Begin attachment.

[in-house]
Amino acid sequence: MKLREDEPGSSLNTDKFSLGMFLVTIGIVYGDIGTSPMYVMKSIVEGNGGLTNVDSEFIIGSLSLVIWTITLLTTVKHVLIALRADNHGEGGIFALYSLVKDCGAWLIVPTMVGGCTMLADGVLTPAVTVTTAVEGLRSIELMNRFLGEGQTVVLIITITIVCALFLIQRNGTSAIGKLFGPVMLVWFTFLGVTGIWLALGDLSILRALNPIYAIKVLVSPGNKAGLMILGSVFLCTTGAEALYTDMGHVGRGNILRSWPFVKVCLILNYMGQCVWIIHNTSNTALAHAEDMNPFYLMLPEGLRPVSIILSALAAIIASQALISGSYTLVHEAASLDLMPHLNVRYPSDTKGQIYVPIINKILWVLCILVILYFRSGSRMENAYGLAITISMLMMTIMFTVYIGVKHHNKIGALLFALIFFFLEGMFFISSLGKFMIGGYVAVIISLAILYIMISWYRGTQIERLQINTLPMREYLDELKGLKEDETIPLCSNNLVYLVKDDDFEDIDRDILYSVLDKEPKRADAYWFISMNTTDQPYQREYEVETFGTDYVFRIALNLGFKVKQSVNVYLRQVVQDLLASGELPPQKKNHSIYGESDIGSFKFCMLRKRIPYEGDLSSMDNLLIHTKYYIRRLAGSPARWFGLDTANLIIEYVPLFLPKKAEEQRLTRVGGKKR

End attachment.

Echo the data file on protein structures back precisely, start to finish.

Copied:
[in-house]
Amino acid sequence: MKLREDEPGSSLNTDKFSLGMFLVTIGIVYGDIGTSPMYVMKSIVEGNGGLTNVDSEFIIGSLSLVIWTITLLTTVKHVLIALRADNHGEGGIFALYSLVKDCGAWLIVPTMVGGCTMLADGVLTPAVTVTTAVEGLRSIELMNRFLGEGQTVVLIITITIVCALFLIQRNGTSAIGKLFGPVMLVWFTFLGVTGIWLALGDLSILRALNPIYAIKVLVSPGNKAGLMILGSVFLCTTGAEALYTDMGHVGRGNILRSWPFVKVCLILNYMGQCVWIIHNTSNTALAHAEDMNPFYLMLPEGLRPVSIILSALAAIIASQALISGSYTLVHEAASLDLMPHLNVRYPSDTKGQIYVPIINKILWVLCILVILYFRSGSRMENAYGLAITISMLMMTIMFTVYIGVKHHNKIGALLFALIFFFLEGMFFISSLGKFMIGGYVAVIISLAILYIMISWYRGTQIERLQINTLPMREYLDELKGLKEDETIPLCSNNLVYLVKDDDFEDIDRDILYSVLDKEPKRADAYWFISMNTTDQPYQREYEVETFGTDYVFRIALNLGFKVKQSVNVYLRQVVQDLLASGELPPQKKNHSIYGESDIGSFKFCMLRKRIPYEGDLSSMDNLLIHTKYYIRRLAGSPARWFGLDTANLIIEYVPLFLPKKAEEQRLTRVGGKKR